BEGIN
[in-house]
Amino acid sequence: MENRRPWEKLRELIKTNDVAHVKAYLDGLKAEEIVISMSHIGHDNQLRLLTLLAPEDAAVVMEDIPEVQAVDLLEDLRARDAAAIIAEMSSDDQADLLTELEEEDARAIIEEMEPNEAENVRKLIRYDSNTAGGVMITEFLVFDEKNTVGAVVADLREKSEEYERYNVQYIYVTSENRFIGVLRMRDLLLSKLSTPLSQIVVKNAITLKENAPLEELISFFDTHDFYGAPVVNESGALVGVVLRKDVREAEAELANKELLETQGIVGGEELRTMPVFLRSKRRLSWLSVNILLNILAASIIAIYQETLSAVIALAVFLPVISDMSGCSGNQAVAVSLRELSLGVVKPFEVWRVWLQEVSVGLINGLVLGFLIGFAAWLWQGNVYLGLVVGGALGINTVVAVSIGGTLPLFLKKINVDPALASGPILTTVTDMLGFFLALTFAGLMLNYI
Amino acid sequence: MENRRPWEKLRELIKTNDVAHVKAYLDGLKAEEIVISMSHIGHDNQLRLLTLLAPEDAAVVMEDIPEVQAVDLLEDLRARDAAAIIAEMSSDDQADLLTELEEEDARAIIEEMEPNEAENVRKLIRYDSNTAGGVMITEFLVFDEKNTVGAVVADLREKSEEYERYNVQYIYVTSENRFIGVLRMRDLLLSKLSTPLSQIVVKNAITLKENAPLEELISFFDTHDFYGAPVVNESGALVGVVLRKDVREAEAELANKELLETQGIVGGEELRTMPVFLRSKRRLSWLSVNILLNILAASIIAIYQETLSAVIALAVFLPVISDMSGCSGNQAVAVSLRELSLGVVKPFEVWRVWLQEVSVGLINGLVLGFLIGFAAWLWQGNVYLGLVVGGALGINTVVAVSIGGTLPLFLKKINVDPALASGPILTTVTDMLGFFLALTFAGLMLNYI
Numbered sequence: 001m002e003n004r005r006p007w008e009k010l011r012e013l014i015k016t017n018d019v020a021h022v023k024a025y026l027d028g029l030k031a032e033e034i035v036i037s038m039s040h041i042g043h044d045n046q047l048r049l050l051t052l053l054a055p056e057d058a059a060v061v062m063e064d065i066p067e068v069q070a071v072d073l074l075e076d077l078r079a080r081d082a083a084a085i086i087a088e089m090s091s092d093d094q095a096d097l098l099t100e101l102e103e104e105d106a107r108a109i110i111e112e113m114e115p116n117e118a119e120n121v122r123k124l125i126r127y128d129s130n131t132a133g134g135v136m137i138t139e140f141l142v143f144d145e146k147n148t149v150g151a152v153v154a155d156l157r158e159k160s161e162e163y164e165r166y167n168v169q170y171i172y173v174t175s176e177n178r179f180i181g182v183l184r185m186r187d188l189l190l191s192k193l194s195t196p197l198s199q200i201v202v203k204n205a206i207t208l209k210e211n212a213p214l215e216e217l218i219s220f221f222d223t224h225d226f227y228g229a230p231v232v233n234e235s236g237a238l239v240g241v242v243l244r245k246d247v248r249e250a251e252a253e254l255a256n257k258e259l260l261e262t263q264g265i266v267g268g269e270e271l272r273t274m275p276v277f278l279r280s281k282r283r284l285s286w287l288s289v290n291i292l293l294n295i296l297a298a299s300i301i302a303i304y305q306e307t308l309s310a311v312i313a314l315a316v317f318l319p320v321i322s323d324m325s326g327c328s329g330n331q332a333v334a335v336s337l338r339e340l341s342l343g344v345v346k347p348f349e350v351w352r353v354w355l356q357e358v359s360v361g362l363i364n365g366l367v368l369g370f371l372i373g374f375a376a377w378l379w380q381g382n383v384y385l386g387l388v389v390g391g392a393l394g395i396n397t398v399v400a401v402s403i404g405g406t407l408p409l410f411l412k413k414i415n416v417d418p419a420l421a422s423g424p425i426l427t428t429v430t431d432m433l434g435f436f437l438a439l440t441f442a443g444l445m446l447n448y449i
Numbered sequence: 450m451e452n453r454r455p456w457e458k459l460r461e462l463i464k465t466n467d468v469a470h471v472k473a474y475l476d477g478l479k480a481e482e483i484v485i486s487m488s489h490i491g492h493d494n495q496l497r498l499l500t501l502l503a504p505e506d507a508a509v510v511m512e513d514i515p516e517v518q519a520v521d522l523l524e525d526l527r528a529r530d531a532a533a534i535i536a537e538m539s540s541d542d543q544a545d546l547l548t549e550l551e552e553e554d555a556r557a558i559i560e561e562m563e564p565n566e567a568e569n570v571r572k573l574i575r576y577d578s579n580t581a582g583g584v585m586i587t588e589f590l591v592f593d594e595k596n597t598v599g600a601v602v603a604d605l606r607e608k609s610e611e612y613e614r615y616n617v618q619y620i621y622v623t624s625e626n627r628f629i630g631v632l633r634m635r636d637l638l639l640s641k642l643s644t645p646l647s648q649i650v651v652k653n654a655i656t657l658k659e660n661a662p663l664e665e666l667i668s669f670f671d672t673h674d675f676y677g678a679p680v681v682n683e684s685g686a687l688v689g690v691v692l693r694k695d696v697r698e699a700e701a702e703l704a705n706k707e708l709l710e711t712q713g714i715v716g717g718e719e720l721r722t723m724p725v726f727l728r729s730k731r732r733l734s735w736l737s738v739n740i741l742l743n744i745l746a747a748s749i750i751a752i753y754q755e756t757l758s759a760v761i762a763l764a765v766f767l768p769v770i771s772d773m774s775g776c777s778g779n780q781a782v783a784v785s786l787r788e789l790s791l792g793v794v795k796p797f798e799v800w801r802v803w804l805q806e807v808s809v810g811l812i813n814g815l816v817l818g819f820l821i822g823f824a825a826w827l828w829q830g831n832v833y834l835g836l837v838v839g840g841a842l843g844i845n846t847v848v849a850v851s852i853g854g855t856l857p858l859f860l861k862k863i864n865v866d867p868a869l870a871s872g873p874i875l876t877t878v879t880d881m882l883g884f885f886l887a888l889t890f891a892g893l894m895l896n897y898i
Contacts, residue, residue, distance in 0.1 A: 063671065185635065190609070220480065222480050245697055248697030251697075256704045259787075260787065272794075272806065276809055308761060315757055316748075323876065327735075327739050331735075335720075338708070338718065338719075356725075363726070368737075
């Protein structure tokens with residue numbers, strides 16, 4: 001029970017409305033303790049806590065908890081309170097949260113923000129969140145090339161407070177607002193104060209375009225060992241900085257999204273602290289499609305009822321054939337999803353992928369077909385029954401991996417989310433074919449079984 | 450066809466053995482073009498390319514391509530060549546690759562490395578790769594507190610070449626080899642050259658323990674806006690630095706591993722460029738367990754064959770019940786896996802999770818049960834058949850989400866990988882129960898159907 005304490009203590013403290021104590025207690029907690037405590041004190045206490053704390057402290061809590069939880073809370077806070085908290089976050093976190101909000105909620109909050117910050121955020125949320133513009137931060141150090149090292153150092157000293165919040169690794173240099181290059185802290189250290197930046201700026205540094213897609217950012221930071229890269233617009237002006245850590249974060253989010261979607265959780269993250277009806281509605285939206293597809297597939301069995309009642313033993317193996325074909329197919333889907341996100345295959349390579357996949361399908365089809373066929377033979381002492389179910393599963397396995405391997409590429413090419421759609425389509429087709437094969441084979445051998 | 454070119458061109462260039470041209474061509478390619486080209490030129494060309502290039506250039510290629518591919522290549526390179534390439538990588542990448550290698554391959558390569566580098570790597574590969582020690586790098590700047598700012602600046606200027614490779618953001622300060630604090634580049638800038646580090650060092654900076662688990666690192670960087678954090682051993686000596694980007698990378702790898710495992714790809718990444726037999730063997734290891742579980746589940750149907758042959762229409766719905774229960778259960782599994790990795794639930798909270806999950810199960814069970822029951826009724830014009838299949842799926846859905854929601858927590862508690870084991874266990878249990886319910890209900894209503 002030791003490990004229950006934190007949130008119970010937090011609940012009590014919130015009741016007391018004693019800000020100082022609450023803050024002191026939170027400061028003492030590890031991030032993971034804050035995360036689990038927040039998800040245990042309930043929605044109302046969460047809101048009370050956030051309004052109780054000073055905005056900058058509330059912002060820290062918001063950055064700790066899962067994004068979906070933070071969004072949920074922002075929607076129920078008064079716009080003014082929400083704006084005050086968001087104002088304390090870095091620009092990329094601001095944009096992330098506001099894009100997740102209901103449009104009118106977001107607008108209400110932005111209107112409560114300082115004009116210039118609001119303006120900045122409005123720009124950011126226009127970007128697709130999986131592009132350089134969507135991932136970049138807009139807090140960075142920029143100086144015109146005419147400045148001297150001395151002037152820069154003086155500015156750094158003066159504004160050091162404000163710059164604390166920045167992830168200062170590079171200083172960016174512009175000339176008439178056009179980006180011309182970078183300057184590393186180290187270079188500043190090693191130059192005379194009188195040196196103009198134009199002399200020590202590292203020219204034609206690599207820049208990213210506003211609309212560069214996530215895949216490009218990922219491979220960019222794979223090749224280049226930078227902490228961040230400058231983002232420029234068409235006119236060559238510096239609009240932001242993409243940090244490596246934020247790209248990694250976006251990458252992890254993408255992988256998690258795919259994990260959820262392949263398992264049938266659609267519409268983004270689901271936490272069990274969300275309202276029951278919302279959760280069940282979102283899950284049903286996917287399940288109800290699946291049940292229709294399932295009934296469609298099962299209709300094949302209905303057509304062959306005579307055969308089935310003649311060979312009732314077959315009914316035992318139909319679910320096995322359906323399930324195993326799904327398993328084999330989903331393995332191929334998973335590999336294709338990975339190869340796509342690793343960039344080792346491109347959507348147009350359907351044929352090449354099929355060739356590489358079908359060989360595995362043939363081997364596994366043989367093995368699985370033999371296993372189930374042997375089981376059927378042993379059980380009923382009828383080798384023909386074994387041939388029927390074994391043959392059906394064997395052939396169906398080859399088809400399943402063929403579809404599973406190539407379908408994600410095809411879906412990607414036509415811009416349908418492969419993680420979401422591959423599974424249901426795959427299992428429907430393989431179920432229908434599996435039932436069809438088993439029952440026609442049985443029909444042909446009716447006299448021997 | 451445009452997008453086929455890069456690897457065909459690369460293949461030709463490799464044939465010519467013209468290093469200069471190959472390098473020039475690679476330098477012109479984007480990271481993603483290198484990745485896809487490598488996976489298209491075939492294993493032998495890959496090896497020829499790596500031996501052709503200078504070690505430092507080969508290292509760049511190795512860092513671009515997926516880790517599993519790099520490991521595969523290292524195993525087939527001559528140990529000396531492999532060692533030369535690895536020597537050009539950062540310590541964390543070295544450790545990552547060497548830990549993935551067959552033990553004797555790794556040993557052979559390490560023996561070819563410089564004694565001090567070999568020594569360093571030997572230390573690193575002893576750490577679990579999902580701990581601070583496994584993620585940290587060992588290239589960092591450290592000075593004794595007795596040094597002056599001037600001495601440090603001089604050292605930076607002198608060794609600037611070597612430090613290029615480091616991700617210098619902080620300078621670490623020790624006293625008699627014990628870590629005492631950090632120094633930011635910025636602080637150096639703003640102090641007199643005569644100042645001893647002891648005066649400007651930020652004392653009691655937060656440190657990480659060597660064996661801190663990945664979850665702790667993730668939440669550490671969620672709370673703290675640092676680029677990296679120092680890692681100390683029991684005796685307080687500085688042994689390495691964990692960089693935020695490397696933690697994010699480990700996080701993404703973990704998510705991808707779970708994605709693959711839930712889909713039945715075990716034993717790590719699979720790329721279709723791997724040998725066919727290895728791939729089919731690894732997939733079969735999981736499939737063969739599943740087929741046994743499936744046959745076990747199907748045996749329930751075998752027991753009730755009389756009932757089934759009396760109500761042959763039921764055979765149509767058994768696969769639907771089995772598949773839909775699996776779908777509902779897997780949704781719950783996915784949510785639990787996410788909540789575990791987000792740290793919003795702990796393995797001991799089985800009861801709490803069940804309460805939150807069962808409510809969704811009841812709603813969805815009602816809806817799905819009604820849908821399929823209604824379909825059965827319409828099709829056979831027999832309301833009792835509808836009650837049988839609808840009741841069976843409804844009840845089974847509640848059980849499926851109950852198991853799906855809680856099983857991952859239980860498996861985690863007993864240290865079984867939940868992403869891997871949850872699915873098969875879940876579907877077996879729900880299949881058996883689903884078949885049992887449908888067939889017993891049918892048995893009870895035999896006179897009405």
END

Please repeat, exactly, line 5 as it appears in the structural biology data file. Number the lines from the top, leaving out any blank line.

Numbered sequence: 450m451e452n453r454r455p456w457e458k459l460r461e462l463i464k465t466n467d468v469a470h471v472k473a474y475l476d477g478l479k480a481e482e483i484v485i486s487m488s489h490i491g492h493d494n495q496l497r498l499l500t501l502l503a504p505e506d507a508a509v510v511m512e513d514i515p516e517v518q519a520v521d522l523l524e525d526l527r528a529r530d531a532a533a534i535i536a537e538m539s540s541d542d543q544a545d546l547l548t549e550l551e552e553e554d555a556r557a558i559i560e561e562m563e564p565n566e567a568e569n570v571r572k573l574i575r576y577d578s579n580t581a582g583g584v585m586i587t588e589f590l591v592f593d594e595k596n597t598v599g600a601v602v603a604d605l606r607e608k609s610e611e612y613e614r615y616n617v618q619y620i621y622v623t624s625e626n627r628f629i630g631v632l633r634m635r636d637l638l639l640s641k642l643s644t645p646l647s648q649i650v651v652k653n654a655i656t657l658k659e660n661a662p663l664e665e666l667i668s669f670f671d672t673h674d675f676y677g678a679p680v681v682n683e684s685g686a687l688v689g690v691v692l693r694k695d696v697r698e699a700e701a702e703l704a705n706k707e708l709l710e711t712q713g714i715v716g717g718e719e720l721r722t723m724p725v726f727l728r729s730k731r732r733l734s735w736l737s738v739n740i741l742l743n744i745l746a747a748s749i750i751a752i753y754q755e756t757l758s759a760v761i762a763l764a765v766f767l768p769v770i771s772d773m774s775g776c777s778g779n780q781a782v783a784v785s786l787r788e789l790s791l792g793v794v795k796p797f798e799v800w801r802v803w804l805q806e807v808s809v810g811l812i813n814g815l816v817l818g819f820l821i822g823f824a825a826w827l828w829q830g831n832v833y834l835g836l837v838v839g840g841a842l843g844i845n846t847v848v849a850v851s852i853g854g855t856l857p858l859f860l861k862k863i864n865v866d867p868a869l870a871s872g873p874i875l876t877t878v879t880d881m882l883g884f885f886l887a888l889t890f891a892g893l894m895l896n897y898i